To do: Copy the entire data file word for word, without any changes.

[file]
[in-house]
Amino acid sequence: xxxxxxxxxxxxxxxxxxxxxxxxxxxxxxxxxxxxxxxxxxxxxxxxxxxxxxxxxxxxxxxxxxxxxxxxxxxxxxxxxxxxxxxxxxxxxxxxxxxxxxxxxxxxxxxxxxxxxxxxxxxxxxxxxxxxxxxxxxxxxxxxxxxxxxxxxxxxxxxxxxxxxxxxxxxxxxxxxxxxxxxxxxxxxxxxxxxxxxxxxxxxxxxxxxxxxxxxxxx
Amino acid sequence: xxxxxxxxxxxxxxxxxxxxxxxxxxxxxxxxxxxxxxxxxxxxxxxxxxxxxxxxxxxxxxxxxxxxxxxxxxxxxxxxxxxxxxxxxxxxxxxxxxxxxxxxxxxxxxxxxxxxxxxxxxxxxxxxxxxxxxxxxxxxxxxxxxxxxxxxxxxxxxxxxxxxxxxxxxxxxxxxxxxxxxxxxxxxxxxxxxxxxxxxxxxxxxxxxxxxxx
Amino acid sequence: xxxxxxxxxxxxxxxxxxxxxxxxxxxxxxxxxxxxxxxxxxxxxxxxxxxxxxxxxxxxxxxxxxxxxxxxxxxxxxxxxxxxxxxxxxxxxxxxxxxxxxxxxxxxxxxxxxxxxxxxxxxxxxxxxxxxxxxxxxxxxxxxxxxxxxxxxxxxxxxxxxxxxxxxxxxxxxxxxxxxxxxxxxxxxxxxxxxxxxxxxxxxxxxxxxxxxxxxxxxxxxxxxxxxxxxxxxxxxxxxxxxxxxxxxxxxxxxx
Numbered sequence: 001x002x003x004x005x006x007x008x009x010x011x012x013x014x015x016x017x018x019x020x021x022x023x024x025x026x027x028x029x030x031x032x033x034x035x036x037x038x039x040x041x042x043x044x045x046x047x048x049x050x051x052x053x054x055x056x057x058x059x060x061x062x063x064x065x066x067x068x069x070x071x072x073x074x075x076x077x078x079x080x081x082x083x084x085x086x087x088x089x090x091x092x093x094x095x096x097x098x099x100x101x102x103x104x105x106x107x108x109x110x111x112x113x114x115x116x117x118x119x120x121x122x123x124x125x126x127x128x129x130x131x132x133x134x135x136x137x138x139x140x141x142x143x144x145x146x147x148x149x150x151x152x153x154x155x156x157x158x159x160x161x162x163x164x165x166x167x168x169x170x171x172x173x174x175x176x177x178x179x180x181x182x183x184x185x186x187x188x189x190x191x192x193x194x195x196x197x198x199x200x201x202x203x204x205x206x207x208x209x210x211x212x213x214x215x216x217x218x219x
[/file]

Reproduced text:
[in-house]
Amino acid sequence: xxxxxxxxxxxxxxxxxxxxxxxxxxxxxxxxxxxxxxxxxxxxxxxxxxxxxxxxxxxxxxxxxxxxxxxxxxxxxxxxxxxxxxxxxxxxxxxxxxxxxxxxxxxxxxxxxxxxxxxxxxxxxxxxxxxxxxxxxxxxxxxxxxxxxxxxxxxxxxxxxxxxxxxxxxxxxxxxxxxxxxxxxxxxxxxxxxxxxxxxxxxxxxxxxxxxxxxxxxx
Amino acid sequence: xxxxxxxxxxxxxxxxxxxxxxxxxxxxxxxxxxxxxxxxxxxxxxxxxxxxxxxxxxxxxxxxxxxxxxxxxxxxxxxxxxxxxxxxxxxxxxxxxxxxxxxxxxxxxxxxxxxxxxxxxxxxxxxxxxxxxxxxxxxxxxxxxxxxxxxxxxxxxxxxxxxxxxxxxxxxxxxxxxxxxxxxxxxxxxxxxxxxxxxxxxxxxxxxxxxxxx
Amino acid sequence: xxxxxxxxxxxxxxxxxxxxxxxxxxxxxxxxxxxxxxxxxxxxxxxxxxxxxxxxxxxxxxxxxxxxxxxxxxxxxxxxxxxxxxxxxxxxxxxxxxxxxxxxxxxxxxxxxxxxxxxxxxxxxxxxxxxxxxxxxxxxxxxxxxxxxxxxxxxxxxxxxxxxxxxxxxxxxxxxxxxxxxxxxxxxxxxxxxxxxxxxxxxxxxxxxxxxxxxxxxxxxxxxxxxxxxxxxxxxxxxxxxxxxxxxxxxxxxxx
Numbered sequence: 001x002x003x004x005x006x007x008x009x010x011x012x013x014x015x016x017x018x019x020x021x022x023x024x025x026x027x028x029x030x031x032x033x034x035x036x037x038x039x040x041x042x043x044x045x046x047x048x049x050x051x052x053x054x055x056x057x058x059x060x061x062x063x064x065x066x067x068x069x070x071x072x073x074x075x076x077x078x079x080x081x082x083x084x085x086x087x088x089x090x091x092x093x094x095x096x097x098x099x100x101x102x103x104x105x106x107x108x109x110x111x112x113x114x115x116x117x118x119x120x121x122x123x124x125x126x127x128x129x130x131x132x133x134x135x136x137x138x139x140x141x142x143x144x145x146x147x148x149x150x151x152x153x154x155x156x157x158x159x160x161x162x163x164x165x166x167x168x169x170x171x172x173x174x175x176x177x178x179x180x181x182x183x184x185x186x187x188x189x190x191x192x193x194x195x196x197x198x199x200x201x202x203x204x205x206x207x208x209x210x211x212x213x214x215x216x217x218x219x